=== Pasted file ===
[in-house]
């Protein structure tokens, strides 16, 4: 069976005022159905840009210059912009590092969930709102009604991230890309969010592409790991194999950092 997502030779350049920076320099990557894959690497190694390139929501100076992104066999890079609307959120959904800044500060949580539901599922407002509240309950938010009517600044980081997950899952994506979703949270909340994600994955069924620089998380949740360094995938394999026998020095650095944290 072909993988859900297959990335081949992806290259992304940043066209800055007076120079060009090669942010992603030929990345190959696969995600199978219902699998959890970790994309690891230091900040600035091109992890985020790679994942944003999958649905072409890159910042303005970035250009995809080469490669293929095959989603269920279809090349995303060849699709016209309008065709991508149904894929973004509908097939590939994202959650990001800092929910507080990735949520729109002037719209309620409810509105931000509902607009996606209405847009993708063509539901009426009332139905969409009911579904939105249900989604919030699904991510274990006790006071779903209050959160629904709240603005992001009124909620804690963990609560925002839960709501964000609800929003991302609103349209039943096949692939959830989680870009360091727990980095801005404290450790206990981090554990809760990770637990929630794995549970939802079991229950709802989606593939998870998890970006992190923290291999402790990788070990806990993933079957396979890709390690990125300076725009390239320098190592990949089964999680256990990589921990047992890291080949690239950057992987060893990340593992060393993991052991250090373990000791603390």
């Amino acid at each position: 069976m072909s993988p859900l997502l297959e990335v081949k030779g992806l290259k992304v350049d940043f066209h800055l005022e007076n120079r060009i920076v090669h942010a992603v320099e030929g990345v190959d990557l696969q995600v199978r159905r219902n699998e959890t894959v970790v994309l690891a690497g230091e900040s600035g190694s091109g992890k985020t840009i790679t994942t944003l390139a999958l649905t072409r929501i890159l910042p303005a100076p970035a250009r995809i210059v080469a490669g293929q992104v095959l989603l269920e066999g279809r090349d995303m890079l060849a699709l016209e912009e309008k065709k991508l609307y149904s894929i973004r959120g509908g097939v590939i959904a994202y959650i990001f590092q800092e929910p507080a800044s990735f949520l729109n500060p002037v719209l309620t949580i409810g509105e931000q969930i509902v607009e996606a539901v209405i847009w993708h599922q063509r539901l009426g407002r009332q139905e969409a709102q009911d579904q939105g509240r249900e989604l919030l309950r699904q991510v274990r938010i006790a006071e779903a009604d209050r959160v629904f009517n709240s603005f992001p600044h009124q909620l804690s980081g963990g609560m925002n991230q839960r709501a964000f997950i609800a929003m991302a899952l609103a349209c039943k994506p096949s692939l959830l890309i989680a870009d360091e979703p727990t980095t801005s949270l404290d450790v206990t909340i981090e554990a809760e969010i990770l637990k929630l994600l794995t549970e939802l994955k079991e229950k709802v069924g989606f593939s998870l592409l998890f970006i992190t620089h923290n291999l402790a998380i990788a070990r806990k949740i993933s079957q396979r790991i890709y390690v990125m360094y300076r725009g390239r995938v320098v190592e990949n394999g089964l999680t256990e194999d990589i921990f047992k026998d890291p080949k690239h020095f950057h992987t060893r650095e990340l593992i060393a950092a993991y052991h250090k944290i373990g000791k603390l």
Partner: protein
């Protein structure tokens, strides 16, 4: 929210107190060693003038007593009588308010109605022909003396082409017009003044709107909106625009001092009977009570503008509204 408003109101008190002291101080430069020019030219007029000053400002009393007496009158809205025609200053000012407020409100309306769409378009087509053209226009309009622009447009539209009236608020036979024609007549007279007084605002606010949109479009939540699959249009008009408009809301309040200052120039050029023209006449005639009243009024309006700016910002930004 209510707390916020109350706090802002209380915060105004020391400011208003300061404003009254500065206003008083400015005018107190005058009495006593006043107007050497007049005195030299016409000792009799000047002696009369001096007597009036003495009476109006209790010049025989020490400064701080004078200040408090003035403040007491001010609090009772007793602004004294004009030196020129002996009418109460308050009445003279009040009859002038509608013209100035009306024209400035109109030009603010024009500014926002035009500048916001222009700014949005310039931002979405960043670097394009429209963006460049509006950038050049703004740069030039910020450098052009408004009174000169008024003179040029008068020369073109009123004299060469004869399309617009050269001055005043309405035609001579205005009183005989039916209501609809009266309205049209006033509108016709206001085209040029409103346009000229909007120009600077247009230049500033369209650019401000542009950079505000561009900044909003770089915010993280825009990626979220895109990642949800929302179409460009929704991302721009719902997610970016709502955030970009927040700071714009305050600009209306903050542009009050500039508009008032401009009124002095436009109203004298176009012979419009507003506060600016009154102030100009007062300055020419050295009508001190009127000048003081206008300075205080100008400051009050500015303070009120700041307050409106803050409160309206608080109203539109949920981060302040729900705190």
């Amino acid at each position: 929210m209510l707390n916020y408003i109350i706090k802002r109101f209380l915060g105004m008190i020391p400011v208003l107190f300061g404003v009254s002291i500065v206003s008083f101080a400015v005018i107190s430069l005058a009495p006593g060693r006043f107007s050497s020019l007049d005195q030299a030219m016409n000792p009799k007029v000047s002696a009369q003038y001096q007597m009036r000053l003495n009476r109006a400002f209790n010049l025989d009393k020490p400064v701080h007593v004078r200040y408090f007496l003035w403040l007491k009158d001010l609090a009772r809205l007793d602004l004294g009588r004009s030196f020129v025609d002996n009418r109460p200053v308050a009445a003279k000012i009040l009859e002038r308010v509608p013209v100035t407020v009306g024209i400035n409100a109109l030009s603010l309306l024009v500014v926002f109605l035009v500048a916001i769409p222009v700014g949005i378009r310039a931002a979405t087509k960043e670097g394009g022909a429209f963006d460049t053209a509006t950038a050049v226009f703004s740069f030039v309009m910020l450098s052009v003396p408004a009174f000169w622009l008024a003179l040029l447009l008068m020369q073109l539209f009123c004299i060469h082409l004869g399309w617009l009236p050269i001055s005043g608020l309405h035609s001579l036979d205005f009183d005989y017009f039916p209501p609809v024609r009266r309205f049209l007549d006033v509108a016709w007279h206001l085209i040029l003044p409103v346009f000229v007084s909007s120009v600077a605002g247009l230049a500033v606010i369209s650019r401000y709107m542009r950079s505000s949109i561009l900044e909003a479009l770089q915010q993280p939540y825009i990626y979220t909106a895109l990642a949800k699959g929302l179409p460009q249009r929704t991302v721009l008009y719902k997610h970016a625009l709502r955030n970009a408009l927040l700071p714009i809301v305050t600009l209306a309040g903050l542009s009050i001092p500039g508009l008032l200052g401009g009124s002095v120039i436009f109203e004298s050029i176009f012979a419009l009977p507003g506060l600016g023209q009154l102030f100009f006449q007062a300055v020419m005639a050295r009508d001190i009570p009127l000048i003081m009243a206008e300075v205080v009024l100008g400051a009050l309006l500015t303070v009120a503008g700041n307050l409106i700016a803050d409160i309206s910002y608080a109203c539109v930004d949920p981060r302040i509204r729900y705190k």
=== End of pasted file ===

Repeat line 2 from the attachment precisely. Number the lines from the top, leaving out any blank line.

């Protein structure tokens, strides 16, 4: 069976005022159905840009210059912009590092969930709102009604991230890309969010592409790991194999950092 997502030779350049920076320099990557894959690497190694390139929501100076992104066999890079609307959120959904800044500060949580539901599922407002509240309950938010009517600044980081997950899952994506979703949270909340994600994955069924620089998380949740360094995938394999026998020095650095944290 072909993988859900297959990335081949992806290259992304940043066209800055007076120079060009090669942010992603030929990345190959696969995600199978219902699998959890970790994309690891230091900040600035091109992890985020790679994942944003999958649905072409890159910042303005970035250009995809080469490669293929095959989603269920279809090349995303060849699709016209309008065709991508149904894929973004509908097939590939994202959650990001800092929910507080990735949520729109002037719209309620409810509105931000509902607009996606209405847009993708063509539901009426009332139905969409009911579904939105249900989604919030699904991510274990006790006071779903209050959160629904709240603005992001009124909620804690963990609560925002839960709501964000609800929003991302609103349209039943096949692939959830989680870009360091727990980095801005404290450790206990981090554990809760990770637990929630794995549970939802079991229950709802989606593939998870998890970006992190923290291999402790990788070990806990993933079957396979890709390690990125300076725009390239320098190592990949089964999680256990990589921990047992890291080949690239950057992987060893990340593992060393993991052991250090373990000791603390």